Always keep in mind that any herb, ingested in more than small quantities, can cause symptoms of poisoning. Even such simple sounding herbs as basil, thyme or sage. If you ingest too much then you can be poisoned. How much is too much? Well I would say that for the most part more than a 1/4 cup of any herb would be too much. I use 3 tablespoons of fresh rosemary in a cake. I have a recipe for lavendar cookies around somewhere, and I knot that it only calls for one tablespoon of the buds. I don't know about the leaf. Of course pesto is a mixture of basil, parsley and garlic but one tends to not use more than a tablepoon or so of that at a time. Or at least I don't, and I love pesto. Just I think the best frame of reference is to remember. With herbs more is not usually better.


          • Amy Provost
            All lavenders can be used medicinally, but angustifolia is the most common. Personally, I grow an angustifolia variety called Munstead, which thrives in my
            Message 5 of 11 , Aug 10, 2009
              All lavenders can be used medicinally, but angustifolia is the most common.  Personally, I grow an angustifolia variety called Munstead, which thrives in my zone 4 garden.  Although it's usually sold as English lavender, it was actually brought to the region by the Romans and is not a true native to the islands.  Angustifolia was formerly known as officinalis, spica, or vera.  I believe concerns with internal usage are mostly related to the essential oil, which should be used externally only.  I'm not aware of any cases of toxicity involving ingestion of the plant material as either food or infusion.  If I include it in a tea blend, it's generally not more than 1/8 part.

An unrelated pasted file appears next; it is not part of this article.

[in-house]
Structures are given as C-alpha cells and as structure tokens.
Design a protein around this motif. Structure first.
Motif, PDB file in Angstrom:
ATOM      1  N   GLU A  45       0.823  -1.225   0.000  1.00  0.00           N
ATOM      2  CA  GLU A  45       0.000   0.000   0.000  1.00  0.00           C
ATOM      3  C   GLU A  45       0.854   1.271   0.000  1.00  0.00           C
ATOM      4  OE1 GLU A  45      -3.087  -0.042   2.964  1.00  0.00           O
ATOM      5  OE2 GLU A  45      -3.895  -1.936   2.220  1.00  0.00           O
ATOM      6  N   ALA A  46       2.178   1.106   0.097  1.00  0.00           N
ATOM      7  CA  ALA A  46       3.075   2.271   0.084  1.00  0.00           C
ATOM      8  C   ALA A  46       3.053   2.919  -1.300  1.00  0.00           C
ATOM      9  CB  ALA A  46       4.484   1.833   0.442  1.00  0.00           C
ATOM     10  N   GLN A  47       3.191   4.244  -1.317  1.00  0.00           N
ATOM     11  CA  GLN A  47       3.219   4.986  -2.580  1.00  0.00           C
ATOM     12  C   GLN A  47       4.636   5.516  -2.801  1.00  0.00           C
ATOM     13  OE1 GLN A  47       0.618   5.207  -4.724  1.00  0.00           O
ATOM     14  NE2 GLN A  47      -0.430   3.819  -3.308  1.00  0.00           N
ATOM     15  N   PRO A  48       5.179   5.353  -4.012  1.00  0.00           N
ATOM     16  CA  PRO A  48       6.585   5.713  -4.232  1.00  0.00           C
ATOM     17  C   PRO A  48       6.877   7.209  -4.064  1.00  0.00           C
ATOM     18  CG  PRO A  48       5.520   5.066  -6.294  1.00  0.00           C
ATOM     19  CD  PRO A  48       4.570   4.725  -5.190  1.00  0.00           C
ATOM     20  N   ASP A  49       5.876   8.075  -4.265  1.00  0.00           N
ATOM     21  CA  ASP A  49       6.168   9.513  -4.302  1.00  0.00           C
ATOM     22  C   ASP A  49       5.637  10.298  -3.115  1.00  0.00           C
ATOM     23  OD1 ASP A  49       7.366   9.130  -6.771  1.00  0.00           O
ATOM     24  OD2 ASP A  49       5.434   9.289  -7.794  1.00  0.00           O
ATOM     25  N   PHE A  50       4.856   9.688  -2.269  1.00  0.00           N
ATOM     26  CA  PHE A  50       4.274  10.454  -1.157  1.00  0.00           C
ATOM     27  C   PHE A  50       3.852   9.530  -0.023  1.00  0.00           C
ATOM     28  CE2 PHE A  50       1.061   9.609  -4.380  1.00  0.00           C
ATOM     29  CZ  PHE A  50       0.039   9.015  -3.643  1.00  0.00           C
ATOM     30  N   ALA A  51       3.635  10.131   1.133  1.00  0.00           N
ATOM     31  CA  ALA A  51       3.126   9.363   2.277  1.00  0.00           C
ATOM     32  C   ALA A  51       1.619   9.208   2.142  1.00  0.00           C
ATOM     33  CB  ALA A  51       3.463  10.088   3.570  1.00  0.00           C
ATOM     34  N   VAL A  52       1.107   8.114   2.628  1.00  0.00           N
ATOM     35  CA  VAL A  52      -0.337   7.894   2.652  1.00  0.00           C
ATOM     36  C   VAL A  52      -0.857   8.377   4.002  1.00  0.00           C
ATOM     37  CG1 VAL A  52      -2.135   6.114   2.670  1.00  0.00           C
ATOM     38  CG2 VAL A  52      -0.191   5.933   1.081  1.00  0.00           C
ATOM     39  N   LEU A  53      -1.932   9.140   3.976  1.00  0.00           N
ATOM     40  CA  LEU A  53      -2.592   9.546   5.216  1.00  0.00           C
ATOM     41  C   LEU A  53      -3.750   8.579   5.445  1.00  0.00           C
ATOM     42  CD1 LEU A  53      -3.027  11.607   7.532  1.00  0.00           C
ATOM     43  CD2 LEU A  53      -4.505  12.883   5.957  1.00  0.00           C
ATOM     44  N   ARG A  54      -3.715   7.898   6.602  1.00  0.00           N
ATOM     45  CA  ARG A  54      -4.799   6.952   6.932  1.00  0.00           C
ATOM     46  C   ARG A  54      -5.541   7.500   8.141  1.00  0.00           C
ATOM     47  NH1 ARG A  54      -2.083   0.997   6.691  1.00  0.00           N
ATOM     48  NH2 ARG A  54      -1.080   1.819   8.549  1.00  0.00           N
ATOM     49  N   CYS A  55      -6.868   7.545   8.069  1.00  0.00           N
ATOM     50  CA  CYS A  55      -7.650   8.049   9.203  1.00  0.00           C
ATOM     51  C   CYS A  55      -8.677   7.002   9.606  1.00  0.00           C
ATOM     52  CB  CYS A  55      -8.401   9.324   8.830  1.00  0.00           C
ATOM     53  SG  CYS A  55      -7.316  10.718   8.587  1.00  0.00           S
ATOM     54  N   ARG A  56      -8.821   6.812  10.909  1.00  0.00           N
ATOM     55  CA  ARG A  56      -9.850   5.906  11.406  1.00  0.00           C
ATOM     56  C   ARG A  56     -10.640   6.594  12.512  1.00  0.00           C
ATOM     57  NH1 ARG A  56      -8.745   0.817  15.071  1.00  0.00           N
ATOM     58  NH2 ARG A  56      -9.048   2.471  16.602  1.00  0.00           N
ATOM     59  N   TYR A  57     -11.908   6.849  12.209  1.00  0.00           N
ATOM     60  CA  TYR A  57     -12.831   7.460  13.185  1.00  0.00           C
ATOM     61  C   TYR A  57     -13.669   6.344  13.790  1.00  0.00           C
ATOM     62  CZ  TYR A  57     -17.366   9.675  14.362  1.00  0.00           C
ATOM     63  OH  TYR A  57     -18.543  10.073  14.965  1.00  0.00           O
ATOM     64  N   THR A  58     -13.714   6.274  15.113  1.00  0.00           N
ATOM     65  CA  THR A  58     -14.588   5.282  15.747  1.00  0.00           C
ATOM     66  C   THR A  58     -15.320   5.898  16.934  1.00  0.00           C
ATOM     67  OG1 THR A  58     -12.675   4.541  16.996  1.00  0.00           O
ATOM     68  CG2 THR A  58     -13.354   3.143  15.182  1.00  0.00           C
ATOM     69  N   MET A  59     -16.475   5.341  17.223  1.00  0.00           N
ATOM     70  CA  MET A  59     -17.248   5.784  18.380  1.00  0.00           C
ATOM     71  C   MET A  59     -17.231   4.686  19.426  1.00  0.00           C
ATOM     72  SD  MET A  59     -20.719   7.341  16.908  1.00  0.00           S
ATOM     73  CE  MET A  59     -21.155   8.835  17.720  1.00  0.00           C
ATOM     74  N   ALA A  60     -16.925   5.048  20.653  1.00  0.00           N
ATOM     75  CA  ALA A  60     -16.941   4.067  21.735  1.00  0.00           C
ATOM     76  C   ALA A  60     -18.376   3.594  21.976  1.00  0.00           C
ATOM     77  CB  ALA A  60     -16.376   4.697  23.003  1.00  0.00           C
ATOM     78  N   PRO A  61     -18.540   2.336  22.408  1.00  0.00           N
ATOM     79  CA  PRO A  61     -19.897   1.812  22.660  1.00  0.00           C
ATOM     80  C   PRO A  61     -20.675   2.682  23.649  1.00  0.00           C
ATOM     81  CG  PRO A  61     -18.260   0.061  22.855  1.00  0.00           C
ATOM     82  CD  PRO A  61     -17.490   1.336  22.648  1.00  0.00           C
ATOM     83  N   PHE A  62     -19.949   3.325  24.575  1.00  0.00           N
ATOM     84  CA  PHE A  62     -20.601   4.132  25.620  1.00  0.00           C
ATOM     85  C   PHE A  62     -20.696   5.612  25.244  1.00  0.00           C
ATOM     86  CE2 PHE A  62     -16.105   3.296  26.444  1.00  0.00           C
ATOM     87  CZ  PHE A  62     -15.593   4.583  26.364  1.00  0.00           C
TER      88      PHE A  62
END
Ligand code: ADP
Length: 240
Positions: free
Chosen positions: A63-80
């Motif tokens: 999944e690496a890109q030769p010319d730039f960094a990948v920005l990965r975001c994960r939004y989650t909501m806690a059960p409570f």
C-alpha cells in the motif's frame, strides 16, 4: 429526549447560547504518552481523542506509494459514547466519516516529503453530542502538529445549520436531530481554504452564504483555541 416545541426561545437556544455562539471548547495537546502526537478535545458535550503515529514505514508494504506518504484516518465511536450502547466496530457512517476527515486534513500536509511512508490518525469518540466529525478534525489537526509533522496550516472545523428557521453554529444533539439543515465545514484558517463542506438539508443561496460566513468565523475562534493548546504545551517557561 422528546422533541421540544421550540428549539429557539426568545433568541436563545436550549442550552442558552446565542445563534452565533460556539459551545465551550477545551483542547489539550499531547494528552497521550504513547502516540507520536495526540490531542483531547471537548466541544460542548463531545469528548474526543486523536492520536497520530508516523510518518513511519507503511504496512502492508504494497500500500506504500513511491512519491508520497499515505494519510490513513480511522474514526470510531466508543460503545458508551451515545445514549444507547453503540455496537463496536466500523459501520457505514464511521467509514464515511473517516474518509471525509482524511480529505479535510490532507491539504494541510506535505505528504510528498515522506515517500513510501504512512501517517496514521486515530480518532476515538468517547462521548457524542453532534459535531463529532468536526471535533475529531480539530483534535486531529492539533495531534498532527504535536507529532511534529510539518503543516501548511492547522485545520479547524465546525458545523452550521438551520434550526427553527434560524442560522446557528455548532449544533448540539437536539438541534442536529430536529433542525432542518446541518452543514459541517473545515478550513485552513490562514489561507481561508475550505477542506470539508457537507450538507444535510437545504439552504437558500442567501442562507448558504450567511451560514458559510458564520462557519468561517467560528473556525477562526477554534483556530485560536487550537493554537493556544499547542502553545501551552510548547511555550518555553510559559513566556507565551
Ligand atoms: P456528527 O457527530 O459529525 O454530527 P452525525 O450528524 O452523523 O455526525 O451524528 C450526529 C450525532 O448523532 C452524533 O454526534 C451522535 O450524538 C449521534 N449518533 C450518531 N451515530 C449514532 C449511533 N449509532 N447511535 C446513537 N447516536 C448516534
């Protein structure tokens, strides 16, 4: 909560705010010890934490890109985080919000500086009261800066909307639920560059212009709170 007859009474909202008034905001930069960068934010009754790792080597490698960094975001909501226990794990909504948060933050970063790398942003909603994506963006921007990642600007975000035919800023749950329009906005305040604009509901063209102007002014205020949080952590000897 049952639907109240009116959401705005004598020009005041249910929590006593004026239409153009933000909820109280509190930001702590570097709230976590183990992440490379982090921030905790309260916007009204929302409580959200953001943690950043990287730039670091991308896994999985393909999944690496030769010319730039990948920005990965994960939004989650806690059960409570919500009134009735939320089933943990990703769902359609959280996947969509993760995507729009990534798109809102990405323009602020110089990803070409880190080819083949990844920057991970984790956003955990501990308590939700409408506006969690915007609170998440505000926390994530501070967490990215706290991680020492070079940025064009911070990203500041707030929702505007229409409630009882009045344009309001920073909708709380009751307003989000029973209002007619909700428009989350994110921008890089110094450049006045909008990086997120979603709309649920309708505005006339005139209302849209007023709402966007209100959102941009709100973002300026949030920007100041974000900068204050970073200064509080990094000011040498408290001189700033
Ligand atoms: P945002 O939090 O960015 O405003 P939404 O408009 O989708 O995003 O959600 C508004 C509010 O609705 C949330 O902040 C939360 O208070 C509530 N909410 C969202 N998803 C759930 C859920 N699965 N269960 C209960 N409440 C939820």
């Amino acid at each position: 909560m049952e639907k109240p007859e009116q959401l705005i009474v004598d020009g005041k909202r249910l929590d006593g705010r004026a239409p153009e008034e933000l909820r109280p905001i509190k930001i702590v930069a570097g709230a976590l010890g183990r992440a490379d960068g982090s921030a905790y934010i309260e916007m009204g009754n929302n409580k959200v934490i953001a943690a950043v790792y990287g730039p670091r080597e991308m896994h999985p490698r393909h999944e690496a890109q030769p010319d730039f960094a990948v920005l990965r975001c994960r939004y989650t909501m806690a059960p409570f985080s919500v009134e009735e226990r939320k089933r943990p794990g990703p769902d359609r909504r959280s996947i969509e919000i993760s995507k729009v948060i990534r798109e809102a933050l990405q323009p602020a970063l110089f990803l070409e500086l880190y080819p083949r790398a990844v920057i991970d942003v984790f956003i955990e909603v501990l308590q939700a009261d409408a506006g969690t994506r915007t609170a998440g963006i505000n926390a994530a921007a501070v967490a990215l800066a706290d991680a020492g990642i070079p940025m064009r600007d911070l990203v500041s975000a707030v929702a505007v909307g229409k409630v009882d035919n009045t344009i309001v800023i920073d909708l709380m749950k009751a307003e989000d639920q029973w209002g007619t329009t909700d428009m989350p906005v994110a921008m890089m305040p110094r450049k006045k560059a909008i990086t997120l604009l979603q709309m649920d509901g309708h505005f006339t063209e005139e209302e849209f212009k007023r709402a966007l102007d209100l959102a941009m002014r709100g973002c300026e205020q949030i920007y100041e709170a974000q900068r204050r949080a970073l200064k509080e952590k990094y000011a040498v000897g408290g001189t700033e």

Ameline

              On Thu, Jul 30, 2009 at 7:48 AM, chris carpenter <donat0@...> wrote:
               

              I am glad you made sure you ordered the correct thing, but I was concerned because a response was made by a vendor saying thats all she carried,(L. augustifolia) for convenience, and that she feels the one variety is good for all purposes.  Its not.  There are about 5 varieties in use, and each one evolved in a very different region and climate.  They developed differently with different oils becoming dominant. 
               
              Kashmir Lavender ,(L. augustifolia)  grows high in the Pakistani mountains, and has extreme cold-hot swing, and high elevations. This makes a very hardy plant that would evolve preservative oils
               
              French Lavender (L officianalis) has moderate and very sunny environments that encourages more visual and perfume oriented qualities to attract pollinators because its such prime breeding grounds.
               
              English Lavender (L angustafolia) comes from the moors of Britain, and evolved in cool damp environment that needed human help, and thus developed qualities humans find beneficial,  being garden and consumption safe.